The Best Bank for the Business Traveler

By Robert McGarvey

The best bank for the business traveler just may not be a bank. But understand this is a story where such claims carry asterisks with qualifiers.

What does a business traveler need from a bank? Nowadays it comes down to ATM access in most cases. I can tell you how to get the most free ATM access and will in a bit. I am a purist about this. I can tell you all the times in the past six years I paid for ATM access – exactly once. I quiver with rage at the thought of paying $3 or $5 or more to get $100 out of a machine. Plain wrong. Free is the only price I will pay.

And yet there I was five years ago in Las Vegas on a business trip and I had to do a wire transfer – it had to happen that day – and it occurred to me I had sufficient funds in a Chase account. I glanced at the website, decided not to bother with it, got in a cab, rode a few miles to a Chase branch and, whoosh, the money was on its way. Chase could not have been cooler about processing a six figure transfer. Yes, the money was going to a known mortgage escrow company, not a cousin in Albania, but still, this was frictionless. I maintain a Chase account and probably long will.

Nonetheless that’s not the institution I recommend for business travelers.

Look at most articles about why credit unions won’t work for you and, in most cases, a decisive reason is the sparseness of the ATM fleet. In truth a credit union with a fleet >100 is a rare beast. Some have just a single digit count of ATMs.

Yet I will tell you that a well chosen credit union will give you the broadest, deepest ATM access in the nation.

A 2016 count of bank owned ATMs found Chase with the most, around 18,600. B of A had a tad over 16,000. Wells Fargo had 12,800. PNC had about 9000.

But don’t think that therefore Chase or B of A or Wells is necessarily your best bank.

Much better is a credit union that belongs to the CO-OP ATM network or the CuLiance (nee CU24) network. CO-OP has around 30,000 ATMS in its network. CuLiance says it has more.

Joining either network requires the credit union to give fee-free ATM access to members of other, participating credit unions.

It’s a credit union perk that it is difficult to see how banks could match. You just don’t see Chase, B of A and Wells pooling their networks. No way.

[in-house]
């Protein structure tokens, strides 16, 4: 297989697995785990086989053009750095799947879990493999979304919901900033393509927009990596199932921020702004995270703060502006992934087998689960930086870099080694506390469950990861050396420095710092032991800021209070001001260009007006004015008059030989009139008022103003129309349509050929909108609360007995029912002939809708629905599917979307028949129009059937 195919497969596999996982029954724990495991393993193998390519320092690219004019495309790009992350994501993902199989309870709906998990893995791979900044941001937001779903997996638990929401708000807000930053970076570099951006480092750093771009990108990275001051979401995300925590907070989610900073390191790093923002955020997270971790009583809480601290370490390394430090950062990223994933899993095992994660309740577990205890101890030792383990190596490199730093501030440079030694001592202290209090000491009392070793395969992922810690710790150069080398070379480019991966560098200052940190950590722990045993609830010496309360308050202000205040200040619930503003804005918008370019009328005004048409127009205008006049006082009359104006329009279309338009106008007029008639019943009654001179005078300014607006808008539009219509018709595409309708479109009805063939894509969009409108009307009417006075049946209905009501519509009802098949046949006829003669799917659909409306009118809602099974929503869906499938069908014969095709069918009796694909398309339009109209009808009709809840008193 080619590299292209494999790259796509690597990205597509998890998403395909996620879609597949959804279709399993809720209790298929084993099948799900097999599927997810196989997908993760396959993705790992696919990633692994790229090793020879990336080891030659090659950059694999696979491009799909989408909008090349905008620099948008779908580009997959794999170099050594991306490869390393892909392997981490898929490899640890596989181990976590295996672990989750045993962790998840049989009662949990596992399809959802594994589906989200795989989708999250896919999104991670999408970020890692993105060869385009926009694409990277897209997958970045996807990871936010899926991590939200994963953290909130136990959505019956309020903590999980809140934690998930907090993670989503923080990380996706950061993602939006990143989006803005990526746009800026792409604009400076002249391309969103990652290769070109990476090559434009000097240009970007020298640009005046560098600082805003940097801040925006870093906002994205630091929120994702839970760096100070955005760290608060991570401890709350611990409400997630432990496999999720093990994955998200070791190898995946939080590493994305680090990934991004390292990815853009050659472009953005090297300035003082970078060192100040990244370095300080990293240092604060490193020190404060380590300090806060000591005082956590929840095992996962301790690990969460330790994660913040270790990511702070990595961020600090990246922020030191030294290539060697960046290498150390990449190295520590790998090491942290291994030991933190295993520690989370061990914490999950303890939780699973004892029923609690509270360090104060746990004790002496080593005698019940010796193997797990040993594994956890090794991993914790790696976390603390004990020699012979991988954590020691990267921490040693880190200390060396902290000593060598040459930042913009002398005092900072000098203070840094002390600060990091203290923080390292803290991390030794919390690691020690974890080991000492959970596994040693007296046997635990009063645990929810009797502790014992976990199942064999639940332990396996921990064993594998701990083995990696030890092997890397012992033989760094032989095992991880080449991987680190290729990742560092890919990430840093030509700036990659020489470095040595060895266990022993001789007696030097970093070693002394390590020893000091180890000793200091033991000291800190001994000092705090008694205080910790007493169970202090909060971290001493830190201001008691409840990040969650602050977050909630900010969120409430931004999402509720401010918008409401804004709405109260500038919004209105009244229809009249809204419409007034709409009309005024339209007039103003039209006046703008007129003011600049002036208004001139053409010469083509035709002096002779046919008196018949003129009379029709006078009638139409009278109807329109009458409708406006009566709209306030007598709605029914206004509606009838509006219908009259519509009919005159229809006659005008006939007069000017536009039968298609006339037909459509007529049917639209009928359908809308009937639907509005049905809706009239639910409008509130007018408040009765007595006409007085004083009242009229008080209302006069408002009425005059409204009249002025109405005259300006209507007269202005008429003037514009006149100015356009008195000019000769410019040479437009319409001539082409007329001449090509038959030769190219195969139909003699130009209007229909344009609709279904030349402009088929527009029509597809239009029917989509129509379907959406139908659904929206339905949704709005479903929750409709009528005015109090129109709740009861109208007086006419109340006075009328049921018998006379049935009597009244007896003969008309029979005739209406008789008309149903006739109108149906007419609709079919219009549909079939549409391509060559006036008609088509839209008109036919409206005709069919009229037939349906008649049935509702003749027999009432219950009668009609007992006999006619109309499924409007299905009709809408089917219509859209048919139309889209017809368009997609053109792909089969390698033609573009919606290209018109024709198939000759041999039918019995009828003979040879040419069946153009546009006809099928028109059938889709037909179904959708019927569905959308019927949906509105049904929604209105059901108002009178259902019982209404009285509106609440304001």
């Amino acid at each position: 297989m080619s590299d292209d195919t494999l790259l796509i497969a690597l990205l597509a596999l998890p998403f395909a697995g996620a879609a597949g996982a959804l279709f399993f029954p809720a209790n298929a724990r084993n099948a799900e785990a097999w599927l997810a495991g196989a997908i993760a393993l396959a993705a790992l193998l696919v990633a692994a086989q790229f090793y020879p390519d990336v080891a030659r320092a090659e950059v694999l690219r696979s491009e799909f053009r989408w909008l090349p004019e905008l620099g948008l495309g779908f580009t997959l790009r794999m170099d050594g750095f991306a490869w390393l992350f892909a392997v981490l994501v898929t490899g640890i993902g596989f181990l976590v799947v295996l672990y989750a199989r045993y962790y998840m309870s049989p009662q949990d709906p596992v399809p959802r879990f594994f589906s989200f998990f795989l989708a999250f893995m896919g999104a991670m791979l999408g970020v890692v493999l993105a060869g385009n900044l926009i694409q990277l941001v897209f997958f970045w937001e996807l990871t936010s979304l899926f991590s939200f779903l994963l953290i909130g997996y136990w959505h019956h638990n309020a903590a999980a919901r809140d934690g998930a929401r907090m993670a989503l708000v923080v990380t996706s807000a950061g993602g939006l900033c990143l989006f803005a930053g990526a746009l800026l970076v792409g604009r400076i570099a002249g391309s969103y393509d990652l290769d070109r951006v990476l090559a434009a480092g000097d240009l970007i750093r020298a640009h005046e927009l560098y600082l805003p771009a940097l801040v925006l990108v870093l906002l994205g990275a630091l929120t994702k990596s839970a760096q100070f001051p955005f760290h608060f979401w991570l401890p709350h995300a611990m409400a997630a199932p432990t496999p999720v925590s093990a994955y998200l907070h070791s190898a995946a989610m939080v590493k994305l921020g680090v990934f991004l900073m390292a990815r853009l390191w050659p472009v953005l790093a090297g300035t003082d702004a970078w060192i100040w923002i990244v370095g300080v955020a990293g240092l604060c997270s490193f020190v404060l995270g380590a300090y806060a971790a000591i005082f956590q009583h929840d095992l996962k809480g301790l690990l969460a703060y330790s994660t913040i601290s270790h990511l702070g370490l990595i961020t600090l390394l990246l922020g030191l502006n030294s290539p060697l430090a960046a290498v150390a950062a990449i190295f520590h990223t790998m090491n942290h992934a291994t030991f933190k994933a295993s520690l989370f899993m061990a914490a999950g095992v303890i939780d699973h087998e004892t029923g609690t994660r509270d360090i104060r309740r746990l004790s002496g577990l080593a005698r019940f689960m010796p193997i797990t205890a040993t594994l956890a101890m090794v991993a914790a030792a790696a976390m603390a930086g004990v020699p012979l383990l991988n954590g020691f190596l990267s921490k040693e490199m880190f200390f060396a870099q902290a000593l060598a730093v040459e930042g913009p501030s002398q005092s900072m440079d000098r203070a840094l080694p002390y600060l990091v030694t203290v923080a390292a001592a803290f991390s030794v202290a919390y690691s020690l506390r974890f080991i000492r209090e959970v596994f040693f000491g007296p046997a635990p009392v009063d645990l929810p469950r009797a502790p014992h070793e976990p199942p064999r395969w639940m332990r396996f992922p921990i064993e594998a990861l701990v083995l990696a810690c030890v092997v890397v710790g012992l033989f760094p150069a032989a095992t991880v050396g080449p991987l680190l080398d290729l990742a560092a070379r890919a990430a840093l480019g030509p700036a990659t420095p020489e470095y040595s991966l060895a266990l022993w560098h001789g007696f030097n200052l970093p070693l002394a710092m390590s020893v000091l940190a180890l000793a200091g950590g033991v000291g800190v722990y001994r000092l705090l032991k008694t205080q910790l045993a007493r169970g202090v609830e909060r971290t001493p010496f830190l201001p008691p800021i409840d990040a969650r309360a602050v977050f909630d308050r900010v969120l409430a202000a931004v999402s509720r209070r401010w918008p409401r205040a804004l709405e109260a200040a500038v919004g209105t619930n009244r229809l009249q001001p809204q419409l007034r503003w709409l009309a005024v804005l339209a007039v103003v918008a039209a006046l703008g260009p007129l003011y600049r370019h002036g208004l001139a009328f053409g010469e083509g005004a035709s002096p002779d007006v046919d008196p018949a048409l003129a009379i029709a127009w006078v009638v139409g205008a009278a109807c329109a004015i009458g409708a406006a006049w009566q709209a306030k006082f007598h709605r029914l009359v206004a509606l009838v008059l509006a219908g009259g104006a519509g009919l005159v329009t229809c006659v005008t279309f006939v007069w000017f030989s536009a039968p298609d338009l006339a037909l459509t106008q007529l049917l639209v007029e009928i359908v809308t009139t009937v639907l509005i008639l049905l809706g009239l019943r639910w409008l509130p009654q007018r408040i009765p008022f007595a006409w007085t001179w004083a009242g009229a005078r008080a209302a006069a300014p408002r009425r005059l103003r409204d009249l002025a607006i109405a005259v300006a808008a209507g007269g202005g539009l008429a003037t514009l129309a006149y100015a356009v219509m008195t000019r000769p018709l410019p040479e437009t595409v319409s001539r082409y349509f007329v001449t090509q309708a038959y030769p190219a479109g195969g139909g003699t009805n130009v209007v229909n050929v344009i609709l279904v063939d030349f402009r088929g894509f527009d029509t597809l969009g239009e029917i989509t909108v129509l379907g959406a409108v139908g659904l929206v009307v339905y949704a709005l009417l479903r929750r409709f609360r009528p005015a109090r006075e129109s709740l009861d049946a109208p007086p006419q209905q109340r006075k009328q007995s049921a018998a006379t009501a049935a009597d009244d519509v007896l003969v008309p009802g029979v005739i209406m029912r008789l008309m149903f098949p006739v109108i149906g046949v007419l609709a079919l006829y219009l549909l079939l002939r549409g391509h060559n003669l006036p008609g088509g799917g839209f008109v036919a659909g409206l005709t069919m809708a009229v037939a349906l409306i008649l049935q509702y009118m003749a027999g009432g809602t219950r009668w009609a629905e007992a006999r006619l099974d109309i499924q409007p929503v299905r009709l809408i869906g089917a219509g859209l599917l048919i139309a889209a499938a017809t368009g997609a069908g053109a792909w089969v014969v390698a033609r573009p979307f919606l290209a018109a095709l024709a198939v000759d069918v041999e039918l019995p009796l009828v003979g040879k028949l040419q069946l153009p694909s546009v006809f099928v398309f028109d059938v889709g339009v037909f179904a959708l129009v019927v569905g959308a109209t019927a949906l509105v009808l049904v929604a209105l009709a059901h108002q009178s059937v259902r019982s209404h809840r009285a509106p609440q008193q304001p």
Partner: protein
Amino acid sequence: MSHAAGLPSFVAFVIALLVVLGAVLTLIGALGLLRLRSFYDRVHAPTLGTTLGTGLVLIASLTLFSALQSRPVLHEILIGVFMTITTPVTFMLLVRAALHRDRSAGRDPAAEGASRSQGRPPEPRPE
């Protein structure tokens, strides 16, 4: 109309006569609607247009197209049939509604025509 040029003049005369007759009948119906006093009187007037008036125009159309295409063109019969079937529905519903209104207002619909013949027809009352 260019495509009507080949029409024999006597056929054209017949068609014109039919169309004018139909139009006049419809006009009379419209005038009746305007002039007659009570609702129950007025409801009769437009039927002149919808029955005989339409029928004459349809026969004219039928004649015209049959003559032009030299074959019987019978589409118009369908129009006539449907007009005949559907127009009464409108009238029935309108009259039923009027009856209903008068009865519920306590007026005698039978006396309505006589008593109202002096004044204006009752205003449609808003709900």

Thousands of credit unions do. But not all. When opening a new account, always ask, are you a member of the CO-OP or CuLiance fee free ATM network?

There’s one more credit union perk: CO-OP shared branching which allows members of participating credit unions to conduct business in other participating credit unions exactly as though they were home. Need a wire transfer? You got it.

My principal credit union is in the shared branching network (and, no, I could not do the transfer through it because I did not have enough dough in that account).

CO-OP claims its network gives it 5600 shared branching locations. It says 1852 credit unions participate and that gives their 62 million members what amounts to a cross country branch network. (Wells Fargo has the largest branch network in the US with 5900 locations. Chase is second with 5200. But heads up. Big banks are shuttering locations so these numbers are dynamic.)

Does this mean a credit union is the best choice for the business traveler?

For many, yes. Not for all.

The exceptions are those with heavy international travel. Few credit unions offer enticing services for international travelers.

But Capital One 360 does, per Nerdwallet. It imposes no foreign transaction fees and it also does not charge for foreign ATM access (the machine owner may and probably will). It also has no account fees so it’s a good card to keep for just the occasional foreign trip.

That’s key by the way: I advise most of us to have several accounts. I do. One with Chase, one with a large credit union. I have a third account that bounces around so I can explore institutions (it had been with Capital One 360 but I moved it to a small Phoenix credit union and probably it will go in motion again – but I’m a banking nerd and don’t recommend this kind of shuffle to any who aren’t).

So there you have it. Have a credit union account – literally thousands offer free checking with no minimum balance – and also a Capital One 360 account and you are well covered, domestically and internationally. You will pay minimal or no fees, get the service you need, and may even start cussing about how rotten your bank is.

3 thoughts on “The Best Bank for the Business Traveler”

  1. Fidelity issues a debit card that you can use fee-free at any ATM in the world. And when an ATM imposes an extra fee, Fidelity will refund it to you. And your foreign exchange rate is within 1% of the actual exchange rate.

  2. Charles Schwab also offers fee-free ATM transactions anywhere in the world. You need to establish a brokerage account with Schwab, but you do not have to do any stock transactions — it can remain empty. Then you can open a checking account with an attached ATM card and fund it with any amount you wish. The Schwab phone reps are very responsive and helpful in setting up the accounts, and Schwab delivers on what it promises — no ATM fees of their own and reimbursement of any fees that the ATM owner/operator may impose. So far, I have used their ATM card around the world without any problems and without any net fees (net after the reimbursement, usually in the same statement cycle).

  3. Actually, in recent changes, Chase in its Sapphire Checking Accts ($75,000 avg. balance or $25 monthly fee) doesn’t charge for using another bank’s ATM, refunds other bank’s ATM charges and eliminated foreign transaction fees.

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